Brent Batten: U.S. 41 carries history on its shoulders

BRENT BATTEN

In an age where state employees are forced to take what amounts to a 3 percent pay cut, when hundreds of millions of dollars are chopped from a state land acquisition program and when construction on college campuses has been curtailed, this one is a head scratcher.

The state is poised to spend almost $7 million to add two feet of pavement to the shoulders on U.S. 41 east of State Road 29 all the way to the Dade County line.

Head scratching might progress to eye gouging if one focuses on a stated benefit of the project, better bicycle lanes.

Spending millions to make a remote stretch of U.S. 41 more bicycle friendly doesn’t make a lot of sense. It’s not like green-conscious commuters are cycling to work between Naples and Miami. The main beneficiaries would be hard-core recreational cyclists who might undertake a sightseeing trip through the Big Cypress.

More pedal power to them, but that’s hardly a priority, given the fiscal realities of the moment.

But there’s much more to the project than enhanced bicycle safety, notes Joe Bonness, chairman of the Pathways Advisory Committee for the Collier County Metropolitan Planning Organization.

There is a significant improvement in vehicle safety that comes from widening the shoulders, said Bonness, who is also CEO of Better Roads Inc.

Grass grows against the edge of the pavement, trapping dirt that eventually raises the ground above the surface of the road. That causes water to pool at the edge of the pavement and soak into the ground underneath, softening it.

That soft ground allows tires to wear a rut in the pavement near the outside edge. Water collects there during heavy rains and vehicles hitting those puddles lose traction putting them at risk of hydroplaning, Bonness explained.

“If you can chase the water off four to six feet (from the travel lane) you don’t have that problem, Bonness said.

The bulk of the project costs will be replacing guardrails along the 32-mile stretch, an act of routine maintenance required since the posts supporting the current guardrails are old and prone to deterioration.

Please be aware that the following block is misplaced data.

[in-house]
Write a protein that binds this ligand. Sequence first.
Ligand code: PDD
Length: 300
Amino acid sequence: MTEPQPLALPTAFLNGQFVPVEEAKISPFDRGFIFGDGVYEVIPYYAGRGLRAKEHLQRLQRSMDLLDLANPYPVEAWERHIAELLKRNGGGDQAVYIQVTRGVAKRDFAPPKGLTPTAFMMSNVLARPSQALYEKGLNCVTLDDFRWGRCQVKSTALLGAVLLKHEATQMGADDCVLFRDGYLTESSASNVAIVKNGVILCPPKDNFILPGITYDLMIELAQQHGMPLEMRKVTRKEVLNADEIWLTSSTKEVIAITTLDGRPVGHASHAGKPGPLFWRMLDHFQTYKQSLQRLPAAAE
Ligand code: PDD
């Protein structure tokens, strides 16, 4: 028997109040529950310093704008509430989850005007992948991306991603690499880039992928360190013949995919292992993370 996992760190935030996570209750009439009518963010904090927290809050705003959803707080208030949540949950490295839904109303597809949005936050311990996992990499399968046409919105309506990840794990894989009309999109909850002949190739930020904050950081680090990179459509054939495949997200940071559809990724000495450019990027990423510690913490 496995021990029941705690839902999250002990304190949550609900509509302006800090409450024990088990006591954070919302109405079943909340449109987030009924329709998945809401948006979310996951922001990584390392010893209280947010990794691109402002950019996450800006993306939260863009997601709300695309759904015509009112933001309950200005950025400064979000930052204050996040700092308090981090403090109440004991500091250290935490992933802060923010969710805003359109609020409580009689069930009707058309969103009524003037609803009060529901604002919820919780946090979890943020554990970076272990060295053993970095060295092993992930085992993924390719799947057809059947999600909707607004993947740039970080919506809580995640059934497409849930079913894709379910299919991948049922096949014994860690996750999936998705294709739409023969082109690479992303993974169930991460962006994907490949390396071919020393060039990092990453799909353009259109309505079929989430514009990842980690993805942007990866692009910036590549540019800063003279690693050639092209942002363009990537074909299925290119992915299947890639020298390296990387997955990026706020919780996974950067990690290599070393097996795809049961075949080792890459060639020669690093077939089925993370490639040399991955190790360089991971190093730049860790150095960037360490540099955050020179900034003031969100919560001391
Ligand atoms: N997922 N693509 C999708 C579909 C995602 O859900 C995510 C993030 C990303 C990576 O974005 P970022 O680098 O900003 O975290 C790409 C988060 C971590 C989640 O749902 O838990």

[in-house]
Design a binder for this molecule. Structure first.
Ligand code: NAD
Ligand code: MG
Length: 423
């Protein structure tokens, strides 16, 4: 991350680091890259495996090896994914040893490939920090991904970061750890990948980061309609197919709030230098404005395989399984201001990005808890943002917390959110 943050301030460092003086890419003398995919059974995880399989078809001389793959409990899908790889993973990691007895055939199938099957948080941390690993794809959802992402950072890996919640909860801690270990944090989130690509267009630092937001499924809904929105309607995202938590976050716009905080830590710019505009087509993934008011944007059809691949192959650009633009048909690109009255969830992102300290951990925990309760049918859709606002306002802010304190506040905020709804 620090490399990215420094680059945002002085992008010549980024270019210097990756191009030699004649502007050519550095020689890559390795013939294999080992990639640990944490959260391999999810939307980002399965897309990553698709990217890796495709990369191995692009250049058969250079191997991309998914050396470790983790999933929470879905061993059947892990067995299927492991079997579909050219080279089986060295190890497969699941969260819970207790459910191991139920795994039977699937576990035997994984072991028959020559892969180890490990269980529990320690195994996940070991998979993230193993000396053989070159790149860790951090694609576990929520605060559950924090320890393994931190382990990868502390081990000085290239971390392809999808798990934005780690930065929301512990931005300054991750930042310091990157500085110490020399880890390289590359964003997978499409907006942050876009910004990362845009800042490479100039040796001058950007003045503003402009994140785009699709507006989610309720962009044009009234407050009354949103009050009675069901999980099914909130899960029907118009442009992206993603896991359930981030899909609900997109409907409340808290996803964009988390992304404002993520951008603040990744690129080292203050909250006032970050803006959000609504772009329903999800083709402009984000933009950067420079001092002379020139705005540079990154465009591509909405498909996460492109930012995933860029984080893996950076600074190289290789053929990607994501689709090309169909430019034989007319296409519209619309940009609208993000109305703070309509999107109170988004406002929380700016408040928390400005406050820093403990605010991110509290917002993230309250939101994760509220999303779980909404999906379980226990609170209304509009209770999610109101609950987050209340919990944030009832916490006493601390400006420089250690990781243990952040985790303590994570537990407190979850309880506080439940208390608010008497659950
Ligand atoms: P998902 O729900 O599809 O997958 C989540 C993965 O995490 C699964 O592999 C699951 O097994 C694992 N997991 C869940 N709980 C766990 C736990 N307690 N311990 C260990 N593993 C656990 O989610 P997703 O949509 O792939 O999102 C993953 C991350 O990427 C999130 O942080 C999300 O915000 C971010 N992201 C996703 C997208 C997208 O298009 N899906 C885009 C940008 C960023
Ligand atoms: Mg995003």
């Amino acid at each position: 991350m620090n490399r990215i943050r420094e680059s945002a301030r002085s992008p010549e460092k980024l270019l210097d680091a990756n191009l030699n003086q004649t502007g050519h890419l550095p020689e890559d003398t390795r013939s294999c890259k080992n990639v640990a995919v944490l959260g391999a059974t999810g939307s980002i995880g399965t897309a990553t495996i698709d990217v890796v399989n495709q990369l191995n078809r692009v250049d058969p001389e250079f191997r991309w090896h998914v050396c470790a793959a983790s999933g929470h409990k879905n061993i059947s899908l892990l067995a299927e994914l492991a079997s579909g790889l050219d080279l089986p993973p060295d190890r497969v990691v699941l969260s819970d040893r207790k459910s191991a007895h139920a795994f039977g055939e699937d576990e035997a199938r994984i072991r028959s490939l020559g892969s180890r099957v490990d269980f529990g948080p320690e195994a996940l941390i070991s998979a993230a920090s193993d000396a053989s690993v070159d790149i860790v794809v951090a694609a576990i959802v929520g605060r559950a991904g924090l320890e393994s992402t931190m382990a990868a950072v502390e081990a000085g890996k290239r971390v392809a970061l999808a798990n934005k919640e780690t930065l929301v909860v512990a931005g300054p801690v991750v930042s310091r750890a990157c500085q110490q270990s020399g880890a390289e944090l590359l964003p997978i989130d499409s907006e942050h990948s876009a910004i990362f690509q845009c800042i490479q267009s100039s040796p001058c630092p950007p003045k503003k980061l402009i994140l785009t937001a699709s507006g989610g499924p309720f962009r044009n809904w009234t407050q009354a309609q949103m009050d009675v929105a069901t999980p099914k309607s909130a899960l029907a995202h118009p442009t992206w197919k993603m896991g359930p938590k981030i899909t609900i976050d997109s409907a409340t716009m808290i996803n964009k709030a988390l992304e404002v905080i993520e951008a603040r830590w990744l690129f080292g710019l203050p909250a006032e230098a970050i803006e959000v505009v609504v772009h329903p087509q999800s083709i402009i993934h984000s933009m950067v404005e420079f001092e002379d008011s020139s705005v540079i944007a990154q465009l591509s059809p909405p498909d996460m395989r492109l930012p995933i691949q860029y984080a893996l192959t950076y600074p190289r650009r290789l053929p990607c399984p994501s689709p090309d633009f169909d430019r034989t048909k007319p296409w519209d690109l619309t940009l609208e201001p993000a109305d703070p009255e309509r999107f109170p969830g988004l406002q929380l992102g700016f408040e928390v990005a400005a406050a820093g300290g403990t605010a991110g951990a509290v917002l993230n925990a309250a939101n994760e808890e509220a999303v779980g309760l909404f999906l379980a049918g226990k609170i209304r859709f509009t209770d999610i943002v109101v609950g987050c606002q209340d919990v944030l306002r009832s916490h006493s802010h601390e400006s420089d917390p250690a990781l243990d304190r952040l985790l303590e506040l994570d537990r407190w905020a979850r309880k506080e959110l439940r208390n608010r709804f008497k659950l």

So even though the Pathways Advisory Committee reviewed the project and gave it its endorsement because of the potential benefit to cyclists, “It’s more of a safety factor for the car-traveling public,” Bonness said.

Better Roads may submit a bid for the job but Bonness sees no conflict in voting in favor of the expenditure.

Paving a shoulder, as opposed to a whole road, is a specialty job that will probably be handled by someone out of Miami, he said. “You’re not out there with your big equipment. Typically, we don’t get those jobs. It’s a long way out there,” he said.

If he was looking to generate business for himself, he probably would have voted against the project, he said. “Being a road builder, I’d probably rather see them spend the money on something closer to town,” Bonness said.

By definition, having someone employed in the paving industry on the pathways committee will lead to perceived conflicts, Bonness pointed out, arguing that a professional’s insights on the committee are valuable.

If you accept the case that the overall project has merit beyond the benefit to bicyclists, there’s still an aspect that will drive fiscal minimalists crazy.

Included in the price is $210,000 for an environmental study.

Bear in mind, the guardrails will be replaced where they stand today. The extra pavement for the shoulders will fill in the unpaved gap between the edge of the current shoulder and the guardrail. No new right of way is needed. Nothing is extending into virgin ground.

FDOT spokeswoman Cindy Clemmons offers this explanation: “On the U.S. 41 project we are doing the $210,000 environmental study because of the historical and cultural significance of the area. This section of U.S. 41 along with the adjacent canal are historically significant as well as the numerous bridges along the length of the project due to their age being over 50 years old.

“We have to document how the proposed improvements could potentially have an adverse effect on the area, or how it may not, depending on the type of improvements being proposed. We also have to determine if there are any significant cultural resources along the project, and if we are impacting them even if they are within our right-of-way.”

The potential history and culture in the two feet of unpaved shoulder between the guardrail and the pavement east of State Road 29 merits $210,000?

I’m still scratching my head.

Connect with Brent Batten at naplesnews.com/staff/brent_batten

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